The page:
- Dialectical Behavior Therapy Intensive Training Model & Initial Data
- Increasing Access to Evidence-Based Treatments for Women with Antenatal Depression: Training Obstetric Nurses and Behavioral Health Providers in Behavioral Activation
- Training Flexible Fidelity to an Empirically Supported Treatment Model: A Comparison of Three Training Strategies in Acceptance and Commitment Therapy
- Barriers to Receiving Behavioral Treatment for Obsessive Compulsive Disorder
- Barriers and solutions to Implementing Dialectical Behavior Therapy in a Community Behavioral Health System
- Clinician Attitudes About Contingency Management in a Community Mental Health Care Setting
- An Interactive Mobile Phone Application Providing Skills Coaching for Individuals with Borderline Personality Disorder
- “Just in Time” Training: Spreading the Reach of Behavioral Activation for Depression with Computer Assisted Therapy and Training
- The Role of Supportive Attitudes, Readiness, and Skill Assessment in the Effective Use of Motivational Interviewing
- Implementing cCBT in a University Health Setting: A Qualitative Analysis of Clinician and Student Experiences
- Cognitive Processing Therapy for Torture Survivors in Kurdistan, Iraq: Lessons From a Randomized Clinical Trial
- An Intervention to Adopt Telepsychotherapy in Rural VA Clinics
- Enhancing Brief Intervention with Motivational Interviewing in Primary Care Settings
- Implementation Research: An approach to promote more timely and informative synthesis for real-world implementation findings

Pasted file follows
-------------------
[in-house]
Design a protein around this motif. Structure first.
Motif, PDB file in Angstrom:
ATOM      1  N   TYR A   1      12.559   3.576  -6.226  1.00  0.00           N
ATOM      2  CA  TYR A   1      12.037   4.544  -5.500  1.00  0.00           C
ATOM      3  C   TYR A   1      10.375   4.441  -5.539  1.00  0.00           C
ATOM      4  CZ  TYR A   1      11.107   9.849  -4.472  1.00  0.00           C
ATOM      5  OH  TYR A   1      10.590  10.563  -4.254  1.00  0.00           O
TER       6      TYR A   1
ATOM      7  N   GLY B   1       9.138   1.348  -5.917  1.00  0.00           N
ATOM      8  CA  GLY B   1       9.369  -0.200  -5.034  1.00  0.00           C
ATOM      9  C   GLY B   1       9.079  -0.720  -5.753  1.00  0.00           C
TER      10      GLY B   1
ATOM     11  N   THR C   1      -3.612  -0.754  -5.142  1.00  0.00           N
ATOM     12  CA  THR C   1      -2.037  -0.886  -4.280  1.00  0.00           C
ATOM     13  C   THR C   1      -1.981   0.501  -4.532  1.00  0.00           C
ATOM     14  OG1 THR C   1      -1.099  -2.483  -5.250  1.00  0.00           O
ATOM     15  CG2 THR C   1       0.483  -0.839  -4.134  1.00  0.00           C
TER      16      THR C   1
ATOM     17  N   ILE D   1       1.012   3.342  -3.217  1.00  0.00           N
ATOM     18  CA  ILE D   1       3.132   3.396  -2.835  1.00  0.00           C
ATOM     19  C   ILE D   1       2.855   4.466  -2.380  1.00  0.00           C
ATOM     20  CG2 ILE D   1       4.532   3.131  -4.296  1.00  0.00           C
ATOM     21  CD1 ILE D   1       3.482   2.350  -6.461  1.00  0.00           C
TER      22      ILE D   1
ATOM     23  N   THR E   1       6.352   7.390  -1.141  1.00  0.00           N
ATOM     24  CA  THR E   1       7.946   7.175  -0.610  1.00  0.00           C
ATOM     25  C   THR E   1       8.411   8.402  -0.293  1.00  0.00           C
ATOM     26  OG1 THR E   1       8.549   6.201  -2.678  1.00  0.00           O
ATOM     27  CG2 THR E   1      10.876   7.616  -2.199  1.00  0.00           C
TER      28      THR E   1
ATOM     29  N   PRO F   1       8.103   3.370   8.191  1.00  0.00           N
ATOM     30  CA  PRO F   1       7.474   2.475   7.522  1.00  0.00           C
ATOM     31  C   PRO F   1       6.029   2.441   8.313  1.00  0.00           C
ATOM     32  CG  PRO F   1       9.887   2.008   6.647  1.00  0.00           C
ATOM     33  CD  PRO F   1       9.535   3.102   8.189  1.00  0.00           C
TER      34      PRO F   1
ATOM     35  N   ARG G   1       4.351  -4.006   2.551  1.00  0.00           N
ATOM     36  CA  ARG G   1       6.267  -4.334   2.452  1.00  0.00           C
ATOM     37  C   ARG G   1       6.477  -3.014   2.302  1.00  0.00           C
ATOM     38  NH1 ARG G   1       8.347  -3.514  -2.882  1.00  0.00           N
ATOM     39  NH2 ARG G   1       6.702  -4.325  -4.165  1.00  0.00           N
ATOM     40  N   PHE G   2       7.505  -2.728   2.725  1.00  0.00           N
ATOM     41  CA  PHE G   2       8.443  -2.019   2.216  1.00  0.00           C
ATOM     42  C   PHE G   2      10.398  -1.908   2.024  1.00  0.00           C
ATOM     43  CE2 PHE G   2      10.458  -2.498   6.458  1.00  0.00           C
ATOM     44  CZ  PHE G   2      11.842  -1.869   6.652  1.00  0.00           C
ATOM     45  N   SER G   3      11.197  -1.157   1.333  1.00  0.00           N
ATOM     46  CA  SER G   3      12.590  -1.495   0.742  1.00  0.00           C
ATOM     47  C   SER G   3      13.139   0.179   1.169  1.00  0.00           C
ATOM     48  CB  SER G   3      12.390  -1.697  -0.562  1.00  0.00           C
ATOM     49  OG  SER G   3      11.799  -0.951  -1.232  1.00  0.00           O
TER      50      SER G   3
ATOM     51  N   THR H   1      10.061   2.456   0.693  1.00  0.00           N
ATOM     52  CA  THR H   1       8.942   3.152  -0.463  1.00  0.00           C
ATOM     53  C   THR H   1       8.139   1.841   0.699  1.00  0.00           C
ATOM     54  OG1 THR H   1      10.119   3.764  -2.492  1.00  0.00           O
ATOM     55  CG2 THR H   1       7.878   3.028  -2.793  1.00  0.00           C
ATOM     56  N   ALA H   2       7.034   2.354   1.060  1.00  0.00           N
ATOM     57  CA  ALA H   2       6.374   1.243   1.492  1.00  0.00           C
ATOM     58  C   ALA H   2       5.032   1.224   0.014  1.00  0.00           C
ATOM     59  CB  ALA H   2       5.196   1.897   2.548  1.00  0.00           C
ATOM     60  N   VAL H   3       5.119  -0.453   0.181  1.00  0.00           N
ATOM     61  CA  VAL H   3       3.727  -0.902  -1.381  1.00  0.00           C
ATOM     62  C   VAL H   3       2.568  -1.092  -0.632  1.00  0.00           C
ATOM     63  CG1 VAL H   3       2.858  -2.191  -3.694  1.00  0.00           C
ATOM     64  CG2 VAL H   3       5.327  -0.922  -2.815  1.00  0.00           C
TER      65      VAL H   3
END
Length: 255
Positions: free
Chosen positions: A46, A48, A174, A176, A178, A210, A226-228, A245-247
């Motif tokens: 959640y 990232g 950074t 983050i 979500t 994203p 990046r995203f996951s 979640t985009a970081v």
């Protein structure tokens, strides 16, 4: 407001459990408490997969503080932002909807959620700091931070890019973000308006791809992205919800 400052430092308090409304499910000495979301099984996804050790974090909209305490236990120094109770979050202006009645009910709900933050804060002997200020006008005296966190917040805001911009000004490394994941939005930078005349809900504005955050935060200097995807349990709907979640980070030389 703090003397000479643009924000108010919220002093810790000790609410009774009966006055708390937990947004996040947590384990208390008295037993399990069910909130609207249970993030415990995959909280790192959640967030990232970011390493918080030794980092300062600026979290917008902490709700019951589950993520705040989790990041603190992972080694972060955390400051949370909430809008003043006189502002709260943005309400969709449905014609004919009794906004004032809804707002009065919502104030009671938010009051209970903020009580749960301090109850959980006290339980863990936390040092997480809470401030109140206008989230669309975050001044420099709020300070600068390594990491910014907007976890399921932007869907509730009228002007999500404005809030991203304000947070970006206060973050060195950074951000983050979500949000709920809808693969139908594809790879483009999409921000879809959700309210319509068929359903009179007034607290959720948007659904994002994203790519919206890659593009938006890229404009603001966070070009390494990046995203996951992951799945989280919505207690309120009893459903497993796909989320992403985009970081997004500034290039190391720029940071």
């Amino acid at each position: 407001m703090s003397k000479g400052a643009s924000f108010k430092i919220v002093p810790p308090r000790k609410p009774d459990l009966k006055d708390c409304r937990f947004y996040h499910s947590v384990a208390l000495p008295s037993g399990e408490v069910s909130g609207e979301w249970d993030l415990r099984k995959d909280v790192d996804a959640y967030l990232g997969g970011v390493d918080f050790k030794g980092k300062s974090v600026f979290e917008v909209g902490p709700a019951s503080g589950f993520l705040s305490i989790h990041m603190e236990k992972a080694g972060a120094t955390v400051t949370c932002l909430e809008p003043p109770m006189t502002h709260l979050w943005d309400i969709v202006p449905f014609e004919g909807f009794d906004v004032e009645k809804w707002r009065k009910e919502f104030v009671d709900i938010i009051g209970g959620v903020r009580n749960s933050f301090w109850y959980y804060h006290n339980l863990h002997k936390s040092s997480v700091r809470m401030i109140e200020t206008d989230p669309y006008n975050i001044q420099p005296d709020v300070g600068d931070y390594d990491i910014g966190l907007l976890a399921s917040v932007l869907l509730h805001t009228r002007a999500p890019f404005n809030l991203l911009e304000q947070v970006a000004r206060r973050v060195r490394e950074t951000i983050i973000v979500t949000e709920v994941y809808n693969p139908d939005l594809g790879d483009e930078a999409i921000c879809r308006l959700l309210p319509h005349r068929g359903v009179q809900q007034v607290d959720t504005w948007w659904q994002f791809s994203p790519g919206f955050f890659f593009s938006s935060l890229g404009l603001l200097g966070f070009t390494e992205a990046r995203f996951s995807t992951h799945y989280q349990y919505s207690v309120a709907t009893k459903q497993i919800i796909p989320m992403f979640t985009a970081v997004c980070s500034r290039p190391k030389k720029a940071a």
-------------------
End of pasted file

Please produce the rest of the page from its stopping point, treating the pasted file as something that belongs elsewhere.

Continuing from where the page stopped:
- Psychotherapy for Older Adults: A Multimodal Model of Treatment
- Dissemination of Therapeutic Frameworks vs. Specific Treatments
- Two Analytic Approaches to Examining the Effectiveness of Modular Psychotherapy in a Community Clinic
- Bringing the Scientist-Practitioner Model to Life: The Evidence Based Treatment Centers of Seattle
- Enhancing Dissemination of Empirically Supported Therapies: A Novel Use of Telephone-Based Learning Communities
- Implementation of Evidence-Based Mental Health Practices in Seattle’s School-Based Health Centers
- Information, Media and Videos
- 2nd Biennial SIRC (2013): Solving Implementation Research Dilemmas
- 3rd Biennial SIRC (2015): Advancing Efficient Methodologies Through Community Partnerships and Team Science
- 2015 Call for Proposals
- 2015 Conference Schedule
- Symposium 1: Beyond Practitioners: Leadership and Vision
- Breakout A1: Stakeholder Partnerships in Practice Change and Research (Part 1)
- Breakout A2: Innovative Evaluation Strategies to Advance Implementation Science
- Breakout A3: Good Cheap and Fast Exemplars of Fidelity Monitoring
- Breakout A4: Efficiently Leveraging Technology to Increase Reach
- Breakout A5: Understanding How Service Brokers Can Facilitate Implementation